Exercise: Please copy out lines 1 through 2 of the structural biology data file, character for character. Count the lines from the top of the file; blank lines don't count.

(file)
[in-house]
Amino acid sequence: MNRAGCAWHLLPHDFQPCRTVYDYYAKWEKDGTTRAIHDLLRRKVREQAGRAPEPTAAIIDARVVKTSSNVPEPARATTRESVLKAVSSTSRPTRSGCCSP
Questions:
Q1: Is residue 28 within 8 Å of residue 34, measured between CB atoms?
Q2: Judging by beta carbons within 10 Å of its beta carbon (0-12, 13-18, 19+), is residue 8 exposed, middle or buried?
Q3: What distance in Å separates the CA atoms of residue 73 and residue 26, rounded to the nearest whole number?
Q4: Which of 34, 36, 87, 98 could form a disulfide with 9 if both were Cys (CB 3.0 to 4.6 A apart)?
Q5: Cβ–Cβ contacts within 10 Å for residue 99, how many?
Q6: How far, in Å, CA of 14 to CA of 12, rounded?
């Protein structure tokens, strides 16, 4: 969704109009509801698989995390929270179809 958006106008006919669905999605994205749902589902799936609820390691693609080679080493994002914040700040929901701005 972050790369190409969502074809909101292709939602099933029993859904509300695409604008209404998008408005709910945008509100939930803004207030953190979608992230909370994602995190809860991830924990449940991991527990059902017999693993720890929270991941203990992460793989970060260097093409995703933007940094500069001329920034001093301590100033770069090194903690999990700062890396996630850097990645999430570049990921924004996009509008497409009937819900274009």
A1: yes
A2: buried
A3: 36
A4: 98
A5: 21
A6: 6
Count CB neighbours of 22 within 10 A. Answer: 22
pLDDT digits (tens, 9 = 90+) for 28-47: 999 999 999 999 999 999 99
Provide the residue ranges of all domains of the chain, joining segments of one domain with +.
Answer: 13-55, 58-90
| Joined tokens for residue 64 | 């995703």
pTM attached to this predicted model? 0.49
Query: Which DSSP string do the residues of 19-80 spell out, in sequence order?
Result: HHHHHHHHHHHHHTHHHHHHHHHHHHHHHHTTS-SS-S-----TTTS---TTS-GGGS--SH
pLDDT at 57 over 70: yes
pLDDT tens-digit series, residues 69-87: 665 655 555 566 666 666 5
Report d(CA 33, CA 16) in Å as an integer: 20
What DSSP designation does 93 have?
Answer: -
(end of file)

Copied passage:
[in-house]
Amino acid sequence: MNRAGCAWHLLPHDFQPCRTVYDYYAKWEKDGTTRAIHDLLRRKVREQAGRAPEPTAAIIDARVVKTSSNVPEPARATTRESVLKAVSSTSRPTRSGCCSP